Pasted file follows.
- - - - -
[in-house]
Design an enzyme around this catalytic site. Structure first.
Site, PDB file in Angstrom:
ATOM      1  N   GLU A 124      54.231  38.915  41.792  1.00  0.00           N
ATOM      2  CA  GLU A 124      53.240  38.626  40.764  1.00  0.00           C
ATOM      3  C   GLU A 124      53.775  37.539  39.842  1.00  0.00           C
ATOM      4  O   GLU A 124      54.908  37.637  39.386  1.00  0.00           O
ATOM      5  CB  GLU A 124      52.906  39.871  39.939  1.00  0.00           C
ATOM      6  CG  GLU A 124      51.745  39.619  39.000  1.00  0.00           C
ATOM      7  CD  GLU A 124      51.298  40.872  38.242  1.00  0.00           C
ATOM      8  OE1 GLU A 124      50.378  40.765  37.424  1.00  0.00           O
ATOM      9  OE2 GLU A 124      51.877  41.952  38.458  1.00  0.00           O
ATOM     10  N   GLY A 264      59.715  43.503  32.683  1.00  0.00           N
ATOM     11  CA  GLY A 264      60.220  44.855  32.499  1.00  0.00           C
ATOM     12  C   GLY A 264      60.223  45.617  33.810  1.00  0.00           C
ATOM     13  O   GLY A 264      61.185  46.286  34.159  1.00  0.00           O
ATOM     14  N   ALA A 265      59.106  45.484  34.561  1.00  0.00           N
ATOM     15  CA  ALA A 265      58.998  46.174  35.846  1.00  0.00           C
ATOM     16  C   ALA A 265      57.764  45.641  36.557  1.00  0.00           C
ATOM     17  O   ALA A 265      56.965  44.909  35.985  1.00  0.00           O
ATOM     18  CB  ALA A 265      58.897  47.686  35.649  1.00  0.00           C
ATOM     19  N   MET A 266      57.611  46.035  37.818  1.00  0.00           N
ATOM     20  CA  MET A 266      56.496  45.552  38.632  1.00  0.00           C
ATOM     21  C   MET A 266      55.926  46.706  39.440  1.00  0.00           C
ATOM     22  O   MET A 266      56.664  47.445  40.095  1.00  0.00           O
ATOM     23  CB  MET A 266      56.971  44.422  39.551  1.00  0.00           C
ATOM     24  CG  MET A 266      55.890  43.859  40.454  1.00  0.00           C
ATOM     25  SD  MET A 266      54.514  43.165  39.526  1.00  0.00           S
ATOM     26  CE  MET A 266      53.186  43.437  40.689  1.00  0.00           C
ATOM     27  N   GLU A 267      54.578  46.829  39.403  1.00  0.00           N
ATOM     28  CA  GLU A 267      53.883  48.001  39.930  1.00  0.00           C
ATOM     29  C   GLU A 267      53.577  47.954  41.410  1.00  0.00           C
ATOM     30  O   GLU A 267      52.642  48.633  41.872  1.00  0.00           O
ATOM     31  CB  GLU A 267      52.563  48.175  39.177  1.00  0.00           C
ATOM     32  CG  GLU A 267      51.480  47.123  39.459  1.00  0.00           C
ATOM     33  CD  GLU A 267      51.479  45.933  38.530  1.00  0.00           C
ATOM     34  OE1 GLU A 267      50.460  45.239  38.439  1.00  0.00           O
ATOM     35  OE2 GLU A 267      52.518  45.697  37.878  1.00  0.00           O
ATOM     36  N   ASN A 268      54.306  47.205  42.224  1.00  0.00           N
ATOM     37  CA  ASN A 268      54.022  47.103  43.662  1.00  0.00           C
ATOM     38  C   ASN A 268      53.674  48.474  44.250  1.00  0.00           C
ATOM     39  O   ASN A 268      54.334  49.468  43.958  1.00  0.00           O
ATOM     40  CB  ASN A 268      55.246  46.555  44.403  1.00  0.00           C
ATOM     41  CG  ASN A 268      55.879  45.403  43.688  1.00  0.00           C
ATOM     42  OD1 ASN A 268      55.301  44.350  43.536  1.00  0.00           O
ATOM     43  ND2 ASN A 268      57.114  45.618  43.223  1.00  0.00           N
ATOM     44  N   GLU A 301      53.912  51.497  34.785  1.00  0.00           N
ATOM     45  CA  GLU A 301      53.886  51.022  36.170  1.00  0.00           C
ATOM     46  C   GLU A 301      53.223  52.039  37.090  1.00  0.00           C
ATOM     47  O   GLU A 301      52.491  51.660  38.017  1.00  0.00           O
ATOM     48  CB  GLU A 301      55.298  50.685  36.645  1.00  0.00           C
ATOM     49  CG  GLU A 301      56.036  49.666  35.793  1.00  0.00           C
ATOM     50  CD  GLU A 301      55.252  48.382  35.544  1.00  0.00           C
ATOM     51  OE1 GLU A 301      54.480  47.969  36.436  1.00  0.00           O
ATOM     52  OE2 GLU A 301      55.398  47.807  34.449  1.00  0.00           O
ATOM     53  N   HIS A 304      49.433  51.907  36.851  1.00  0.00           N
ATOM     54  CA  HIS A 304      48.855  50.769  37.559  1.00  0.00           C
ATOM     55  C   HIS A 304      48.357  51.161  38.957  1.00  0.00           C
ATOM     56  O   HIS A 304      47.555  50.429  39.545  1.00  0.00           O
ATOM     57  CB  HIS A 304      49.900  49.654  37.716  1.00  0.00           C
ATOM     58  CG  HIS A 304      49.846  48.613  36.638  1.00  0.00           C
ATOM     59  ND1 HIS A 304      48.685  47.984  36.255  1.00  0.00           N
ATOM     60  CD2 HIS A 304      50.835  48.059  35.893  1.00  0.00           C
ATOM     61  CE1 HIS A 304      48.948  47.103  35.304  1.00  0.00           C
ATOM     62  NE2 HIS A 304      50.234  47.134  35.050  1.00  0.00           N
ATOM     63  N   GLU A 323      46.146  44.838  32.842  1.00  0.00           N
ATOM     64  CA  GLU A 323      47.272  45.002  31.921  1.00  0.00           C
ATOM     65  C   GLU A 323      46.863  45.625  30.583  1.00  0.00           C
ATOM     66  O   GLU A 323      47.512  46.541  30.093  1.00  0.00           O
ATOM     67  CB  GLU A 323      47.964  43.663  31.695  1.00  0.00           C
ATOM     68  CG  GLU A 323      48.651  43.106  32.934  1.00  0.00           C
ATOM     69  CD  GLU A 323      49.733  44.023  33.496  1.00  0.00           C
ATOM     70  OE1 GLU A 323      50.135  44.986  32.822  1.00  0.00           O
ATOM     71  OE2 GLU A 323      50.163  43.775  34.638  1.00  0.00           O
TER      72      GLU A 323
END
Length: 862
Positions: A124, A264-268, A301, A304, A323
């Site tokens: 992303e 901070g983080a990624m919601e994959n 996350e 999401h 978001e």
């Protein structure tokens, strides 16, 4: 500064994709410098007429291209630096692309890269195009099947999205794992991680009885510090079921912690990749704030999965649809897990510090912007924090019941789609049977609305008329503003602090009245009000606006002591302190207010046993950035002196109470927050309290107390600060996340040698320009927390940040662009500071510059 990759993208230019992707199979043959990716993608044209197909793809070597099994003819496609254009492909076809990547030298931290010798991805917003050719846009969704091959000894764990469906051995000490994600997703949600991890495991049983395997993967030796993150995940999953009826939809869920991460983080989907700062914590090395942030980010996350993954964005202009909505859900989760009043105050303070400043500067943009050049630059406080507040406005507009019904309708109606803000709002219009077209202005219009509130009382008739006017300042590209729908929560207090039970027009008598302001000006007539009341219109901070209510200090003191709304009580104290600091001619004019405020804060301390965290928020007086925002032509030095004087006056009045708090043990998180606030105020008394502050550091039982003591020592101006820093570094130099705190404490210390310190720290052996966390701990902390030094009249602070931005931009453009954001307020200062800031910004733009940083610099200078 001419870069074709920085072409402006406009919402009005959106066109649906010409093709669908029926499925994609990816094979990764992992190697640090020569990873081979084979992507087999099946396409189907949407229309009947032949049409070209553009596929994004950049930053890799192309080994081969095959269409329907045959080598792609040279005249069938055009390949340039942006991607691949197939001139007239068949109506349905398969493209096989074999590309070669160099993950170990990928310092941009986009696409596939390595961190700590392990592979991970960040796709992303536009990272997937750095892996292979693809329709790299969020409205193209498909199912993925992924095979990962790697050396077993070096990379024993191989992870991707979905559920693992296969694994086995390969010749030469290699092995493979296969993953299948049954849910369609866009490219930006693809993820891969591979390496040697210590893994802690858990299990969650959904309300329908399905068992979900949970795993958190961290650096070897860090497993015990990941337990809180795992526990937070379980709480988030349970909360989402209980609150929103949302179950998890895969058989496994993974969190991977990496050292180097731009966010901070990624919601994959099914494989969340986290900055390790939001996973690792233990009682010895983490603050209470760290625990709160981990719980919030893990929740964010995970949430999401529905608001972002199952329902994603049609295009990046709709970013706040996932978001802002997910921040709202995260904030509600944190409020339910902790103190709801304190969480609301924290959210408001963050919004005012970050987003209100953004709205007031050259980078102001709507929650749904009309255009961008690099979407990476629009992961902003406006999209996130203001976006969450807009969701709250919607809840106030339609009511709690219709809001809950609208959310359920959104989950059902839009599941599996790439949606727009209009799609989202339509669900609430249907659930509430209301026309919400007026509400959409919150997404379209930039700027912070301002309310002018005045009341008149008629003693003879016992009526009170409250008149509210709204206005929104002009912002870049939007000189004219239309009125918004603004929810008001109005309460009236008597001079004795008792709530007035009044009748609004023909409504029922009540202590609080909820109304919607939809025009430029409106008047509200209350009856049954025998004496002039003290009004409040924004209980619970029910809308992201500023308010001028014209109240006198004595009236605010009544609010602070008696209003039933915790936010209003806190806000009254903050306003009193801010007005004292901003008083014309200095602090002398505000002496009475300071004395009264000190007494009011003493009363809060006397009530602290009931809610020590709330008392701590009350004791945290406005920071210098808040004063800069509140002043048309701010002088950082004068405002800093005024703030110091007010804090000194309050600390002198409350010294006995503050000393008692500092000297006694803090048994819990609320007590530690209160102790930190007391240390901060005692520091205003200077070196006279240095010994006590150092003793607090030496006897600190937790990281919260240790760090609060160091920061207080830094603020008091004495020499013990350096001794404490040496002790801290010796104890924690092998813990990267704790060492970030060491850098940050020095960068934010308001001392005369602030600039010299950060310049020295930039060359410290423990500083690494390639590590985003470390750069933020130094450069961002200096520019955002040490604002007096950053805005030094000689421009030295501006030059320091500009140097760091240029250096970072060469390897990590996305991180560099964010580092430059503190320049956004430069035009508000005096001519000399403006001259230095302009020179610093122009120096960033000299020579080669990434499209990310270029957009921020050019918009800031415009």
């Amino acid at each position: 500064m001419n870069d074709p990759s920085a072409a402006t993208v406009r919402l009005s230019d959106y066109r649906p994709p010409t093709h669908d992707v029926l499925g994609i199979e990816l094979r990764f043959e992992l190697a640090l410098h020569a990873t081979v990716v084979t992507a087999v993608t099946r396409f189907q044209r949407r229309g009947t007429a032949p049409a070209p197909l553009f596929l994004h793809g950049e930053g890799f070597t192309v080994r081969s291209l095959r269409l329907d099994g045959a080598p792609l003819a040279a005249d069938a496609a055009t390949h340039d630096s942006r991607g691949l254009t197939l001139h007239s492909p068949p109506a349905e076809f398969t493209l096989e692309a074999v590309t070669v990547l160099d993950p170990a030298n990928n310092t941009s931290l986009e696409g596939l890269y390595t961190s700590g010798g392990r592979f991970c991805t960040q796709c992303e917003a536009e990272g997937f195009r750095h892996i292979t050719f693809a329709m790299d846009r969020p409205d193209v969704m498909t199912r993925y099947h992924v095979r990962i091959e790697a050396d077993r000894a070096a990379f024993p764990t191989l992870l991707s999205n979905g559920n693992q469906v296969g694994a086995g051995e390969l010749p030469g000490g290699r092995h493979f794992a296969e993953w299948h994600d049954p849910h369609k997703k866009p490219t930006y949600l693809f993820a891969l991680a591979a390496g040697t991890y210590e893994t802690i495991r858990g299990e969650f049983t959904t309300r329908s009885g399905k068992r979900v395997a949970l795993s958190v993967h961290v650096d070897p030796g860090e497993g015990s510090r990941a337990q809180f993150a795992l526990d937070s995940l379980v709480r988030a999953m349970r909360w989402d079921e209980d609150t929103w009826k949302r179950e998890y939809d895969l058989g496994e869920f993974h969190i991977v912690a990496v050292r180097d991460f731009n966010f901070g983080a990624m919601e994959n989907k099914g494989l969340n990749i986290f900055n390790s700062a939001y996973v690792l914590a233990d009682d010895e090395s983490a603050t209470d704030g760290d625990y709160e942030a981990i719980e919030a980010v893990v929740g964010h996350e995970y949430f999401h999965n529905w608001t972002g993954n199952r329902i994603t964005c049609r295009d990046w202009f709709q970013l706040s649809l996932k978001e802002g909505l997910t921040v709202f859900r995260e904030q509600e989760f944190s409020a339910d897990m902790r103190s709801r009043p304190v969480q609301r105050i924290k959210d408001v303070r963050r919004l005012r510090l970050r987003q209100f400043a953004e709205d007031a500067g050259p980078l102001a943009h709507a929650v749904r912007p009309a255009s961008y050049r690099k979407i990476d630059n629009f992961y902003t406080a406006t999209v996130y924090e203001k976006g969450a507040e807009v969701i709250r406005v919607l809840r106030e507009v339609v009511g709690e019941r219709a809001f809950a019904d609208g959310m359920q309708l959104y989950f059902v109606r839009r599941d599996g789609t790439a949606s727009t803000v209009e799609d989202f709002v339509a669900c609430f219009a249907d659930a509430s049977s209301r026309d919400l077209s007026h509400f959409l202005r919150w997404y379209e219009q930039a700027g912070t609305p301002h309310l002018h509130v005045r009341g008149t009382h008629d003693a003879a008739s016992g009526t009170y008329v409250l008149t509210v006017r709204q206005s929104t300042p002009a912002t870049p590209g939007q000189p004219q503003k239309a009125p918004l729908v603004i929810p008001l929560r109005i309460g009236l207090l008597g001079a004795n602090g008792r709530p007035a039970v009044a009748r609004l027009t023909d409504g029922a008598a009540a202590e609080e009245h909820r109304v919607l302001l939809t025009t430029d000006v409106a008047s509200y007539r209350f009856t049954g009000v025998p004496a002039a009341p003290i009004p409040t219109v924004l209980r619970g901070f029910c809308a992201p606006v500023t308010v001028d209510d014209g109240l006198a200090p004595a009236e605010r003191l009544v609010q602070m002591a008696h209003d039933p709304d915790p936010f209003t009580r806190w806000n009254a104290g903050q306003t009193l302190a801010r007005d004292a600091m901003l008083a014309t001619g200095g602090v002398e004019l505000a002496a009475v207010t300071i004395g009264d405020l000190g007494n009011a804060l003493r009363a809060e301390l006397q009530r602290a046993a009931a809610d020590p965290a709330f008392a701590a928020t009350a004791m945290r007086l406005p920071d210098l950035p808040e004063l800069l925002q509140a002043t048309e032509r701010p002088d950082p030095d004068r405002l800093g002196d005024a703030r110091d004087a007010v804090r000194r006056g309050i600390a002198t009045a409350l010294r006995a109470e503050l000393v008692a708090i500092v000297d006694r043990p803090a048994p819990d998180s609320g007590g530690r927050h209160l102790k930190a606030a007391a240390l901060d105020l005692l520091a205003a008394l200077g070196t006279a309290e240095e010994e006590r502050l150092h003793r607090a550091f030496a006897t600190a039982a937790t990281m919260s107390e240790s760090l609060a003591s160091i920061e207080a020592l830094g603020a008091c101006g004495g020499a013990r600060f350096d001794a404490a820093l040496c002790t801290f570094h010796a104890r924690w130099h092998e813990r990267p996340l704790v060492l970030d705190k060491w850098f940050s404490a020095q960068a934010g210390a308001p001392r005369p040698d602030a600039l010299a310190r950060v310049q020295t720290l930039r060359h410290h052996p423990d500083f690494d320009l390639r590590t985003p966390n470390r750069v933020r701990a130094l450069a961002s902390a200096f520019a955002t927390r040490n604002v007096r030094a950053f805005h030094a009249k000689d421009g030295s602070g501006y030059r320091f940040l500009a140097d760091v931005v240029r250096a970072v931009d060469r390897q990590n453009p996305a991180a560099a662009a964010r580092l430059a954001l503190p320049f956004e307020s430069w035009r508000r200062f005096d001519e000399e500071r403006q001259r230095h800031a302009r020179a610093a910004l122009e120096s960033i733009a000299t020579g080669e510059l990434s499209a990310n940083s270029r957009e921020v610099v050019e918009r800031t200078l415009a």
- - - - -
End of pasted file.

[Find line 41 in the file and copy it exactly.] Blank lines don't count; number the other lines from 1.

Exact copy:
ATOM     38  C   ASN A 268      53.674  48.474  44.250  1.00  0.00           C